HOFFMANN EITLE Quarterly Newsletter 03/24

Publication | 21.03.2024

Dear Colleagues and Friends,

In this issue of the Hoffmann Eitle Quarterly, we continue our series of articles focusing on the new package of draft EU regulations, with a first article on the proposed centralised examination procedure for supplementary protection certificates (SPC) in Europe and a second article on a draft Regulation for a EU compulsory license for crisis management. The third article examines a recent ruling by the European General Court on the protection of a three-dimensional mark representing a Vespa model, which is followed by an article on the increasing significance of gender-neutral language in IP contexts. The next article presents Hoffmann Eitle's significant contributions to the development of European case law in 2023. In the sixth article, recent changes to the EPO Rules of Procedure of the Boards of Appeal are discussed, and the following article looks at the EPO requirements for signatures on assignments and how a recent decision of the Legal Board of Appeal has led to a change in the law in this respect. Finally, we summarize the key findings of the UPC Court of Appeal in its first ever substantive decision. We hope that you will find this issue of the Hoffmann Eitle Quarterly informative and, as always, we welcome your feedback. 

Nicolas Douxchamps
Editor-in-chief of the Hoffmann Eitle Quarterly
Partner - Belgian and European Patent Attorney
HE Electrical Engineering & Digital Technologies Practice Group

Hoffmann Eitle Quarterly

New EU Legislation Proposals (Part III): Centralised Examination Procedure for SPCs and Legal Remedies

In our last contribution to the Hoffmann Eitle Quarterly, we looked at the new SPC landscape proposed by draft EU legislation issued in April 2023. This includes a framework for unitary SPCs - as an extension of the European patent with unitary effect (EP-UE) - and an overhaul of the procedure for obtaining the traditional, national SPCs which are granted by national patent offices. Whilst our last article focussed on the eligibility and jurisdiction of each type of SPC, we now turn to the centralised examination procedure and the legal remedies which will be available to parties. Finally, we look at recent changes to the April 2023 proposals and the current state of the legislative procedure.

Link to the article

New EU Legislation Proposals (Part IV): Regulation for a Union Compulsory License for Crisis Management

Last year, the European Commission presented proposals for new patent rules including a draft EU Regulation on compulsory licensing for crisis management. If accepted by the EU Parliament and the Council of the EU, the regulation would create a new EU-wide compulsory licensing instrument that complements EU crisis instruments in the life science field. During the COVID-19 pandemic, the lack of such an instrument was criticized. The new rules can only be activated in case of a major EU-wide crisis.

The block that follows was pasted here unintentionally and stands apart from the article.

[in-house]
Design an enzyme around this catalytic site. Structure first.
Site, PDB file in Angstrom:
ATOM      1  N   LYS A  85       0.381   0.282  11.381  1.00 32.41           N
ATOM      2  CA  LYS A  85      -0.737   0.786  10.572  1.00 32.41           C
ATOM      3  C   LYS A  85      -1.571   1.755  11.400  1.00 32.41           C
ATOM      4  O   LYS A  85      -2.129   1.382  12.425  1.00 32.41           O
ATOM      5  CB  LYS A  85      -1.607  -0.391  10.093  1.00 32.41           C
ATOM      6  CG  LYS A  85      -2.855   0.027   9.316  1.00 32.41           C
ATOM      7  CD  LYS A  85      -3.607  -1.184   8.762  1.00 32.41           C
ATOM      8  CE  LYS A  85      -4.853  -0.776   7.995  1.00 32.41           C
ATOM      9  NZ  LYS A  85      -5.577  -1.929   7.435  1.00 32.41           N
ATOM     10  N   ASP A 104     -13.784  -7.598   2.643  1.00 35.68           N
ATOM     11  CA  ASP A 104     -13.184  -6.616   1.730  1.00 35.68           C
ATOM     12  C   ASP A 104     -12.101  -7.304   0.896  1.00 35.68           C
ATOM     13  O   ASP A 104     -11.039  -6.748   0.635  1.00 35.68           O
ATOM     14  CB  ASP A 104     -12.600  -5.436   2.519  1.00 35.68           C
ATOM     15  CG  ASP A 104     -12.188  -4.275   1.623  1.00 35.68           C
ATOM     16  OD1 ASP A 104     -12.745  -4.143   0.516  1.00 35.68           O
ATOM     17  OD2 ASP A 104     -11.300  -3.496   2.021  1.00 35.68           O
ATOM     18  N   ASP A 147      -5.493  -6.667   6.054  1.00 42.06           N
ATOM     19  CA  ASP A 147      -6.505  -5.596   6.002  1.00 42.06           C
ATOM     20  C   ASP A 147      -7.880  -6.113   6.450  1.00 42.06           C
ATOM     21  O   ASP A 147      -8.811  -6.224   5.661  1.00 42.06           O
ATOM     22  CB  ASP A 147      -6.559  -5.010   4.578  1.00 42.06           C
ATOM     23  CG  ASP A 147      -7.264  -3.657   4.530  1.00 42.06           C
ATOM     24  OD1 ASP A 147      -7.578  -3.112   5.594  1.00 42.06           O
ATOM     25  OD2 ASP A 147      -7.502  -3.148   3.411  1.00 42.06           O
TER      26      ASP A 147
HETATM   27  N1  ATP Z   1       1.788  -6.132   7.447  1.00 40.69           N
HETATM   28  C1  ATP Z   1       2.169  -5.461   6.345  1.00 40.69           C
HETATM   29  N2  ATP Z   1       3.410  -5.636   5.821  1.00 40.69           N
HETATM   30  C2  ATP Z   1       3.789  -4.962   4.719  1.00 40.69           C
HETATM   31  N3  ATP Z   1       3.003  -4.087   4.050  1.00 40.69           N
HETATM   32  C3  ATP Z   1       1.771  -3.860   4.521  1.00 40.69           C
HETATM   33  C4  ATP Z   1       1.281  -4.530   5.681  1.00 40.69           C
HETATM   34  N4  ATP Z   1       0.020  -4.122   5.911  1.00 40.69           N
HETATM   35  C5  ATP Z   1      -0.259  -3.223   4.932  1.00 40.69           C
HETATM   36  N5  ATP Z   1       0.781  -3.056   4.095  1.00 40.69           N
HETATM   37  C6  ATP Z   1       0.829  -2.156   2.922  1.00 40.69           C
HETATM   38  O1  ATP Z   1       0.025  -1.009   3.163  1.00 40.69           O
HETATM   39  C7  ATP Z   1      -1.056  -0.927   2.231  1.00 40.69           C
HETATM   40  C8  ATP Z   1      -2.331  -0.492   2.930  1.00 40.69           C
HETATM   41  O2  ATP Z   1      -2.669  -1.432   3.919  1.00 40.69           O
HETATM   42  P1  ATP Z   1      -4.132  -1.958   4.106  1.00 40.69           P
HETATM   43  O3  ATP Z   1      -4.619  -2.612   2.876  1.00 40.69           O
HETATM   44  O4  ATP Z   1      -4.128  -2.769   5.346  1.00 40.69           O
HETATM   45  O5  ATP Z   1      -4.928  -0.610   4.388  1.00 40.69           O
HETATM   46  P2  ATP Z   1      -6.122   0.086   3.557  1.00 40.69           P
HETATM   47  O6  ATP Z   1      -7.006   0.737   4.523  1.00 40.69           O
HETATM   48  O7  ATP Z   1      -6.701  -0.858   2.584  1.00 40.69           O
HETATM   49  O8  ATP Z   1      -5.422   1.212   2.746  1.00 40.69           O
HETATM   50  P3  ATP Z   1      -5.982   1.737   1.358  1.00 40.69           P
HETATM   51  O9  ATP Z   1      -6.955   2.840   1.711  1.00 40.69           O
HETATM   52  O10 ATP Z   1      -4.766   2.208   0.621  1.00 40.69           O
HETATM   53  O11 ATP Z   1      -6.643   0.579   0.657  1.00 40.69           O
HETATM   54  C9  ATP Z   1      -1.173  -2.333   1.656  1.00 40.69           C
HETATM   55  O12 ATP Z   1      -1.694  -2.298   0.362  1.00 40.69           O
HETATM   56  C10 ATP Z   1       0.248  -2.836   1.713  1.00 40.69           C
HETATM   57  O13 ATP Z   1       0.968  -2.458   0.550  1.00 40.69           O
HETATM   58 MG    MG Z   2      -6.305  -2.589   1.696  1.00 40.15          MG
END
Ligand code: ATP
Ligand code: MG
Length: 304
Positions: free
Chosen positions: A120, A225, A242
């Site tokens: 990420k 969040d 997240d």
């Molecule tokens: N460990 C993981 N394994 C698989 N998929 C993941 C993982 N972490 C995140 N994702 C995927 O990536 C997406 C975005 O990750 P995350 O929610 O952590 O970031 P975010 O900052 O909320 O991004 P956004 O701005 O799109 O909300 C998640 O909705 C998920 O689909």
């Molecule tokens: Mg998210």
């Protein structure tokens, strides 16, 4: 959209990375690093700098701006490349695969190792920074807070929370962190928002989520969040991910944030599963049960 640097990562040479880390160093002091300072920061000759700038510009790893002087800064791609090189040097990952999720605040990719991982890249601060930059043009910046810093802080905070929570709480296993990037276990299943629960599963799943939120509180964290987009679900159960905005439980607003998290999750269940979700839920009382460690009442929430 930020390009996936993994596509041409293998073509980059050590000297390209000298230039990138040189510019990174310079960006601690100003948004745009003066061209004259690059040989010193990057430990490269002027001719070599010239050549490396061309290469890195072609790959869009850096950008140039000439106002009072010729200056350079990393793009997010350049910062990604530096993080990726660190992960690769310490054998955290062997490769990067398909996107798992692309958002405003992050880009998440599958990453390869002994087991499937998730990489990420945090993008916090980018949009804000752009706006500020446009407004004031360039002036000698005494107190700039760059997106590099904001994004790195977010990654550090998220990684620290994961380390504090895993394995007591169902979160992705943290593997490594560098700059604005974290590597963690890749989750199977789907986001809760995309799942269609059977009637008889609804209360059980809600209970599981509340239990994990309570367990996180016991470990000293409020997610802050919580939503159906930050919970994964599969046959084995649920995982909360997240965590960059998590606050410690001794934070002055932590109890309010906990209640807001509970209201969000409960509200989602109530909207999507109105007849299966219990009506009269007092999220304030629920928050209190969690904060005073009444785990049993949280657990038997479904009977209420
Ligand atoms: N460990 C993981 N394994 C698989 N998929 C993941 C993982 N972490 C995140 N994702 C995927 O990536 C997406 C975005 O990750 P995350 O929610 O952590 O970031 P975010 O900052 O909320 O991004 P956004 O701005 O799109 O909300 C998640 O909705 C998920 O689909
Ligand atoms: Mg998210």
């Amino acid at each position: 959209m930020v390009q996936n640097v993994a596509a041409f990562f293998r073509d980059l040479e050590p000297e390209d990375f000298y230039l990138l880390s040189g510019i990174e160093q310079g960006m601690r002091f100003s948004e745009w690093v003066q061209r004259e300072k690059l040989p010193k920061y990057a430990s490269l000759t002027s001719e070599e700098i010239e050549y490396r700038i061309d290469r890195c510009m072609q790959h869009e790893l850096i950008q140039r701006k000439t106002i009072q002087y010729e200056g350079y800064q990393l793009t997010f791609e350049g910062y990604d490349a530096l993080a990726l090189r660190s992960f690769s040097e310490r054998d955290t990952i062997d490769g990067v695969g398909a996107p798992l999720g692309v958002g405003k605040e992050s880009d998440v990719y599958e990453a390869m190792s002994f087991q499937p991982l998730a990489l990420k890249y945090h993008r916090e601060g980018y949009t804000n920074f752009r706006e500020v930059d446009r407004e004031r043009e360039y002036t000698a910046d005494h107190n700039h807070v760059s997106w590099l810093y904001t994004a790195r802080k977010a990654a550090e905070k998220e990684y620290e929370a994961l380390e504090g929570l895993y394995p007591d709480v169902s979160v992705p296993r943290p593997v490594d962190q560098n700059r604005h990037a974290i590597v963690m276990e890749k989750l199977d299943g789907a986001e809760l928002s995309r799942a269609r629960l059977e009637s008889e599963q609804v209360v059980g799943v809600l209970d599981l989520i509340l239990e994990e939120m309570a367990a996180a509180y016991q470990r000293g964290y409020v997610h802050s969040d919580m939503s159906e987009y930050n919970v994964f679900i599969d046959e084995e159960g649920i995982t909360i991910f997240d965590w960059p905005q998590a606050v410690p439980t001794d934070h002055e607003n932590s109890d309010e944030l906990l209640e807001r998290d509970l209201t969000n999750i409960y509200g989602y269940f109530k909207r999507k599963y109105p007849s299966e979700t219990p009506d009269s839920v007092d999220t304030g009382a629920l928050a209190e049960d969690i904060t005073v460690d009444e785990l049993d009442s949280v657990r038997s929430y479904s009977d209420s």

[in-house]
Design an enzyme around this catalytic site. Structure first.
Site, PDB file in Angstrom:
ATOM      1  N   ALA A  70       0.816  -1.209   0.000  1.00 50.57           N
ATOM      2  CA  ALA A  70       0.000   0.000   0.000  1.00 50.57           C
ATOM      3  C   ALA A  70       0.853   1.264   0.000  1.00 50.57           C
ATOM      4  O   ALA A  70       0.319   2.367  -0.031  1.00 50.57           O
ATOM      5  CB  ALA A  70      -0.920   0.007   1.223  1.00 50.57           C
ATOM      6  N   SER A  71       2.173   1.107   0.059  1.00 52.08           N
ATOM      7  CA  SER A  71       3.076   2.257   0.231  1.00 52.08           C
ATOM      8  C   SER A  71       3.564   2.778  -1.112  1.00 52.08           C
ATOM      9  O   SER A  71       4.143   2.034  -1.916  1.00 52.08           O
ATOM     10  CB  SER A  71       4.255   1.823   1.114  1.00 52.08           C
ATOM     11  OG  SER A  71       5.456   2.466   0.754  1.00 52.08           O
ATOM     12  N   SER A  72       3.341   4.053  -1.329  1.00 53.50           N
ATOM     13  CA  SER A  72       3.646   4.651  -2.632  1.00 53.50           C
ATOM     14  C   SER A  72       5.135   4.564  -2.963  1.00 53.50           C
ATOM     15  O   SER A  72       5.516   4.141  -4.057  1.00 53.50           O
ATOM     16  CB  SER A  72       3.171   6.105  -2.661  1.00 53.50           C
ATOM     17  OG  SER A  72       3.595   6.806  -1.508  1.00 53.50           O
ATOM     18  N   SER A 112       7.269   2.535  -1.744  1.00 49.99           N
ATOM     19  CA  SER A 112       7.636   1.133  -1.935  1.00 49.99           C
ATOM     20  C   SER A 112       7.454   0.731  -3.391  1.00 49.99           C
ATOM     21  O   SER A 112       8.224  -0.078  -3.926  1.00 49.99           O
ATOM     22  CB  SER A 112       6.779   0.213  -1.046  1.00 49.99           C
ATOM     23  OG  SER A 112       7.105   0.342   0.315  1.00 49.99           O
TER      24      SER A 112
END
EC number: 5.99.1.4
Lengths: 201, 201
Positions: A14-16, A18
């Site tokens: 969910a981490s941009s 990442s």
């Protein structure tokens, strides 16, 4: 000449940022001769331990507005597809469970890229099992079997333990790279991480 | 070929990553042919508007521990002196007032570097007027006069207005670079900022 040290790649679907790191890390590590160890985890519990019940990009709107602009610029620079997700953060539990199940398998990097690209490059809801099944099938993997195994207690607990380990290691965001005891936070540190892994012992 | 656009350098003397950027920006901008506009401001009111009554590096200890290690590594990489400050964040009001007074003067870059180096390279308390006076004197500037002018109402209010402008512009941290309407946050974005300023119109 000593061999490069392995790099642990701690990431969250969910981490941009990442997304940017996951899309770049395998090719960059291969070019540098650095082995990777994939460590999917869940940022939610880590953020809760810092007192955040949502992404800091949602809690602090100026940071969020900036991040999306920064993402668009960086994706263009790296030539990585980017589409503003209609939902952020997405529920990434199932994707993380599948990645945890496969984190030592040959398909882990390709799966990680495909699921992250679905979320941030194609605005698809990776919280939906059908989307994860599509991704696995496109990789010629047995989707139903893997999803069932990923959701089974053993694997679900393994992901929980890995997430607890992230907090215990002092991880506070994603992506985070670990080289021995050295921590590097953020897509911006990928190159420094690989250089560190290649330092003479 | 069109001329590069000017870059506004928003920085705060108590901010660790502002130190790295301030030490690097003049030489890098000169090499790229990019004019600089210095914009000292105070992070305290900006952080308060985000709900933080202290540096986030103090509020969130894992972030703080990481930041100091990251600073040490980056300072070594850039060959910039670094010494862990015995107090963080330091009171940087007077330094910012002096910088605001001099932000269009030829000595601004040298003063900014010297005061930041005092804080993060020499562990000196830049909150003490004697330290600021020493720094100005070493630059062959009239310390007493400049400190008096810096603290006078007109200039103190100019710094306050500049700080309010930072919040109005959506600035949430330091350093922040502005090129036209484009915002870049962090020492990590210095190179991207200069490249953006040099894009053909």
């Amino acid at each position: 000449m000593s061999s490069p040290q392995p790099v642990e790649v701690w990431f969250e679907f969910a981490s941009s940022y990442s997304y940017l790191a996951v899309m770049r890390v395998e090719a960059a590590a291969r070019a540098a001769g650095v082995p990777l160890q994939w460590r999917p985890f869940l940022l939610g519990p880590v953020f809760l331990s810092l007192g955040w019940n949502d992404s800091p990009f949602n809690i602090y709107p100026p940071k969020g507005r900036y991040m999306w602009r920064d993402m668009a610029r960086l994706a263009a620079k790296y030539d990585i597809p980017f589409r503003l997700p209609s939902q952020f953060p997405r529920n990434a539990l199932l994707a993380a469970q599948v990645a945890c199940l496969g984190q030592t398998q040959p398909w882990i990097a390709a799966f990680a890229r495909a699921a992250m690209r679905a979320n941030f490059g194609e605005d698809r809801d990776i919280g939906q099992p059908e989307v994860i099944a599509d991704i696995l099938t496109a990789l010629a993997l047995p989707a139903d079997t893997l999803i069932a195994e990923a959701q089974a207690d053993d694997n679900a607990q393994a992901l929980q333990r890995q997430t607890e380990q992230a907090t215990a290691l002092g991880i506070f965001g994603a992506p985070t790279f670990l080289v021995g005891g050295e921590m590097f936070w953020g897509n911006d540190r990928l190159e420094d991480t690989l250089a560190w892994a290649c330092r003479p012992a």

Link to the article

The European General Court Keeps the Vespa Moving: The Legal Challenge of Preserving the Protection of a 3D Trademark

In its decision of November 29, 2023 (Ref.: T-19/22), the European General Court found that the three-dimensional mark representing a Vespa model had no intrinsic distinctiveness but rather had acquired distinctiveness and that the mark is therefore eligible for trademark protection. 

Link to the article

The Skilled Person Uses "They/Them" Pronouns, and Why You Should Care

Hoffmann Eitle looks at the status of using inclusive language in legal (IP) texts, and the consequences of its non-use from both a business and legal perspective.

Link to the article

Hoffmann Eitle's Significant Contributions to the Development of European Case Law in 2023

Link to the article

EPO Amends the Rules of Procedure of the Boards of Appeal (RPBA) 

Last year, we discussed and provided a critical analysis of the proposed amendments to the RPBA, which govern appeal proceedings before the EPO Boards of Appeal. The EPO has now amended the RPBA, taking some of our concerns into account. The amended RPBA came into force on 1 January 2024, and in the following we highlight the main amendments which relate to Articles 13(2) and 15(1). 

Link to the article

Electronic Signatures Accepted Again: The EPO Reacts Quickly After J 5/23 

Documents providing evidence of a transfer of rights at the EPO must be signed (Art. 72 EPC). A Notice dated 22 October 2021 provided that qualified electronic signatures, in addition to handwritten signatures, would be accepted in respect of evidence filed in support of requests for registration of a transfer of rights, licences or other rights. The Legal Board of Appeal overturned this Notice in decision J 5/23 and clarified that the signatures required under Art. 72 EPC had to be handwritten signatures; text string signatures or qualified electronic signatures were not considered valid. The Administrative Council has now amended the Implementing Regulations to the EPC to again allow digital signatures, text string signatures and text facsimile signatures in this specific context.

Link to the article

UPC CoA Revokes Provisional Injunction Against NanoString 

Link to the article

Should you have any questions or need more information, please do not hesitate to contact us.

With best regards,